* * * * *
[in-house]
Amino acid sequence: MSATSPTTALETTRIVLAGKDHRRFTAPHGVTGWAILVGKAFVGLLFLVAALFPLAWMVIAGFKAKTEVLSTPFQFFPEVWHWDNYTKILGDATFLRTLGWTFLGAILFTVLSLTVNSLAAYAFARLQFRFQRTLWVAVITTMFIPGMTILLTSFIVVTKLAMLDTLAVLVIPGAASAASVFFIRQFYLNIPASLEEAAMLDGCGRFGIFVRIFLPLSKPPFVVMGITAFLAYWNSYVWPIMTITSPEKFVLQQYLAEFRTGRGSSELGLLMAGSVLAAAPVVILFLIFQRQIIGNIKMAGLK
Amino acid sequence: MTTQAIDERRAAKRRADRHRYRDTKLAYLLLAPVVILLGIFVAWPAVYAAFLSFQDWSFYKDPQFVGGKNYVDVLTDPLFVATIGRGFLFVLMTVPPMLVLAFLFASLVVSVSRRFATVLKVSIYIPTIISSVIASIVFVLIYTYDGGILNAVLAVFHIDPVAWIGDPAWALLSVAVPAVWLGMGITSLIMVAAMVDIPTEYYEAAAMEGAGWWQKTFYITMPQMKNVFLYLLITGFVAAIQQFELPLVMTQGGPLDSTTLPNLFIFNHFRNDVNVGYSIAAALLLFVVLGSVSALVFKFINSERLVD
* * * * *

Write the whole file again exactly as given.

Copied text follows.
[in-house]
Amino acid sequence: MSATSPTTALETTRIVLAGKDHRRFTAPHGVTGWAILVGKAFVGLLFLVAALFPLAWMVIAGFKAKTEVLSTPFQFFPEVWHWDNYTKILGDATFLRTLGWTFLGAILFTVLSLTVNSLAAYAFARLQFRFQRTLWVAVITTMFIPGMTILLTSFIVVTKLAMLDTLAVLVIPGAASAASVFFIRQFYLNIPASLEEAAMLDGCGRFGIFVRIFLPLSKPPFVVMGITAFLAYWNSYVWPIMTITSPEKFVLQQYLAEFRTGRGSSELGLLMAGSVLAAAPVVILFLIFQRQIIGNIKMAGLK
Amino acid sequence: MTTQAIDERRAAKRRADRHRYRDTKLAYLLLAPVVILLGIFVAWPAVYAAFLSFQDWSFYKDPQFVGGKNYVDVLTDPLFVATIGRGFLFVLMTVPPMLVLAFLFASLVVSVSRRFATVLKVSIYIPTIISSVIASIVFVLIYTYDGGILNAVLAVFHIDPVAWIGDPAWALLSVAVPAVWLGMGITSLIMVAAMVDIPTEYYEAAAMEGAGWWQKTFYITMPQMKNVFLYLLITGFVAAIQQFELPLVMTQGGPLDSTTLPNLFIFNHFRNDVNVGYSIAAALLLFVVLGSVSALVFKFINSERLVD